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Since the //build conference in Anaheim I have been running the Windows 8 Technology Preview. All-in-all I’m pleased with what I see. There are a lot of bugs and issues but hey! that is ok from a product that is not even in beta yet.
I have tried to do most of my work on Windows 8 machines to give it a proper test. Most bugs I can accept but one feature (and I actually don’t think it is a bug) is the wide-ranging dictionary. No matter where I work in Windows there is a dictionary following me trying to fix every word I type. Problem is that I makes the system super slow and often correct words into misspelled words or ignore keystrokes. Such a feature would probably be amazing to some and would at minimum require some specification about which level and programs to interfere with.
At the moment there is only one way to disable the spell checker in Windows 8 (as far as I know) – you have to kill the process. Find the process called “Microsoft Spell Checking Facility” and kill it – that is it!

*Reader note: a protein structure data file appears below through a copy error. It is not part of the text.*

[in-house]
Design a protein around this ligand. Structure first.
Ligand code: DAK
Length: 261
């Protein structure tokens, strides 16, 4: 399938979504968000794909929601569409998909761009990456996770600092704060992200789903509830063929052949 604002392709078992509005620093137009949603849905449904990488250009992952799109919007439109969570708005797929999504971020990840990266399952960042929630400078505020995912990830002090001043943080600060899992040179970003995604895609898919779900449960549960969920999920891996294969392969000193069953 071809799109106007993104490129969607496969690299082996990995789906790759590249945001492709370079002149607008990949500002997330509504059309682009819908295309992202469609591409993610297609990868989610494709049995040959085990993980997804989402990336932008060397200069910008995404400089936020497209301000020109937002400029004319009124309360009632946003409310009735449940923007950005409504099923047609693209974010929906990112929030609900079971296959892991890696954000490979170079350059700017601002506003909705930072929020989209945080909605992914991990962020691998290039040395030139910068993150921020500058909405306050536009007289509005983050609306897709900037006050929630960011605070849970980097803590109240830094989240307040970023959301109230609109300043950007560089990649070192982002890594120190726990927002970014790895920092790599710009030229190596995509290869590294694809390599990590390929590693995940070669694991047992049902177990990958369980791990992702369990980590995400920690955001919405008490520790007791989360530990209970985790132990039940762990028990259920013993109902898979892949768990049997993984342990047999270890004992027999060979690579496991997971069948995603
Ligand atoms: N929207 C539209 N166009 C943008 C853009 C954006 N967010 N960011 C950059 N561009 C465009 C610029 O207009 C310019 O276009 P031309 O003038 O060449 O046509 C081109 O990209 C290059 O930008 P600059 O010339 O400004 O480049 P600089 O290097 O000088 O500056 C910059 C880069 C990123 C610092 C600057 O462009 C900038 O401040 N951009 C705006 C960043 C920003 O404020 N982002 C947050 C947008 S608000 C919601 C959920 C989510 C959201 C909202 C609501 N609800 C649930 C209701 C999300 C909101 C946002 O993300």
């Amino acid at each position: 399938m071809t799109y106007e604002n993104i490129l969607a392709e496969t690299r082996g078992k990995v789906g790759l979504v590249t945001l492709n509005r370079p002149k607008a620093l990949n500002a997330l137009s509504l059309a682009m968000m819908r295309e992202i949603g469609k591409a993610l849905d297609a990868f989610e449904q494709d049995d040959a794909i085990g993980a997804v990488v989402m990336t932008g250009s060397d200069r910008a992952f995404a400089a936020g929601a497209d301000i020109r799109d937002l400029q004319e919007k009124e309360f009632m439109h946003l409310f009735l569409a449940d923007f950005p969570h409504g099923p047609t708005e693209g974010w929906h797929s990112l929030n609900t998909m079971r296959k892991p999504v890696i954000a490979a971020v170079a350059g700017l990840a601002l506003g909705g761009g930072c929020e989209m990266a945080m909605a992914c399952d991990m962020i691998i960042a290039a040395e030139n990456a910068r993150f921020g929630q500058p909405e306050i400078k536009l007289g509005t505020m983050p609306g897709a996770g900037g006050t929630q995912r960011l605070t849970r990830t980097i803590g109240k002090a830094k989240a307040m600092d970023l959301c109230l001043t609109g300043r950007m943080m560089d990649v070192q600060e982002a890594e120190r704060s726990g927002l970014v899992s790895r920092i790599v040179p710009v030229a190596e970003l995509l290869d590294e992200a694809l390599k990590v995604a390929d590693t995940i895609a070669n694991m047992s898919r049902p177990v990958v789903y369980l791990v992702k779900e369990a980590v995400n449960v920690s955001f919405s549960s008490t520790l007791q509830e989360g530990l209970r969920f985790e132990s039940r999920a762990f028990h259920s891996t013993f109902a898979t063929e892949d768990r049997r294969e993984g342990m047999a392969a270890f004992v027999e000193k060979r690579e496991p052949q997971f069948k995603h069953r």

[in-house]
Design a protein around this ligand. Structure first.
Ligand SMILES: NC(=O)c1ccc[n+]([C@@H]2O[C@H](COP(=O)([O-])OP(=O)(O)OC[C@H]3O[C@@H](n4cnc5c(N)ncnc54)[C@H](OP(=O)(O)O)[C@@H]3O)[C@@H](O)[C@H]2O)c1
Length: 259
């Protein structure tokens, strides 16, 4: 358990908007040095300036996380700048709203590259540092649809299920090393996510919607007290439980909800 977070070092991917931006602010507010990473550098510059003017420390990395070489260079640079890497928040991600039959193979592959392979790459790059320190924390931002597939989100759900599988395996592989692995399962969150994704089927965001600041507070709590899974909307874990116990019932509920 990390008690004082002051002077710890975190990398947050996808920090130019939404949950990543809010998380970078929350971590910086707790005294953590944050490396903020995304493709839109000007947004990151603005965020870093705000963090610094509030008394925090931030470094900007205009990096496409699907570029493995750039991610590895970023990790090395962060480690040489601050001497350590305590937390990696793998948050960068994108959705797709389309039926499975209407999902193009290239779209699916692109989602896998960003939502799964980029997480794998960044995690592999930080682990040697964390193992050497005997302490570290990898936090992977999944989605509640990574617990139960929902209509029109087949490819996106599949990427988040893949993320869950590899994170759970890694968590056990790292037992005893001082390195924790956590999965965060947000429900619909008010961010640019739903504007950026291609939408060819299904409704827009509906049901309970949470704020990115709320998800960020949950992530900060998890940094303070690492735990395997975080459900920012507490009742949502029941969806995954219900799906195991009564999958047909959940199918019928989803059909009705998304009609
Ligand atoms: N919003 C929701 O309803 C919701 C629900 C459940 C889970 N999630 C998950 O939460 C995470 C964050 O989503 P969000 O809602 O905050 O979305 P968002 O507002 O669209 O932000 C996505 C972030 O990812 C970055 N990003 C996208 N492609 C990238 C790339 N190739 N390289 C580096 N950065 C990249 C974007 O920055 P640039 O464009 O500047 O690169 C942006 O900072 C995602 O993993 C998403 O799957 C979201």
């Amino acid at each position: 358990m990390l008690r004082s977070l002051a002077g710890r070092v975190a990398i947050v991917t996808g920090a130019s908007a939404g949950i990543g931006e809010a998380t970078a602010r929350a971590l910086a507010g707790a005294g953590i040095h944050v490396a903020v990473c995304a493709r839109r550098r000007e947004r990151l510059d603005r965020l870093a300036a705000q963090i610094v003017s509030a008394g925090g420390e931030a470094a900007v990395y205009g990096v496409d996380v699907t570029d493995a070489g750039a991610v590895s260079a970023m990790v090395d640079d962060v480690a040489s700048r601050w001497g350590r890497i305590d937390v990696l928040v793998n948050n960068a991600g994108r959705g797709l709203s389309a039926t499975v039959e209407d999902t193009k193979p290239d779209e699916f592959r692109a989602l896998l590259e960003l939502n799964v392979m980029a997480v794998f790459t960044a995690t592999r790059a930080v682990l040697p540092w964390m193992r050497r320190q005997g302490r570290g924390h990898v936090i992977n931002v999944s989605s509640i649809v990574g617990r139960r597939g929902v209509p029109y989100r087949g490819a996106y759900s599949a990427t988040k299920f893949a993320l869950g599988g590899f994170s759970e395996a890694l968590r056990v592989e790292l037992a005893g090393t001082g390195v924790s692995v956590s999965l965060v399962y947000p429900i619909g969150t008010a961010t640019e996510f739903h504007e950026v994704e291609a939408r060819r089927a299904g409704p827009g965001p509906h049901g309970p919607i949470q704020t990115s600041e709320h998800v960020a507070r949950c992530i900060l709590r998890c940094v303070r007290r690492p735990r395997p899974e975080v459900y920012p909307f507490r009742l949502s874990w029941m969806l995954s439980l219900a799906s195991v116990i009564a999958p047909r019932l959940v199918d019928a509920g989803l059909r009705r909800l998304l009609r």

From then on all of your keystrokes will be caught – yeah!
This is the third post in a series following up on the //build conference.
I would lie if I didn’t say that Silverlight got a really special place in my heart. Since the very first introduction of Silverlight I have been able to see the idea behind Silverlight and the possibilities that Silverlight provides.
At //build a new API called Windows Runtime (WinRT) was announced. Based on this API it is possible for applications designed to run as Windows 8 Metro Style applications to communicate with the Windows Core Services in an easy manner. At the moment Windows 8 will be separated into the new Metro UI enabled a fast and fluid UI to touch based devices and into the normal desktop as we have it in Windows 7. The new Metro UI is a new and appealing way of running applications in Windows – however it is designed to tablets and touch and very much to consumers. From a business perspective it will take some time before the Metro UI will have its place – but it will come as more and more tablets and other touch based devices are being part of business.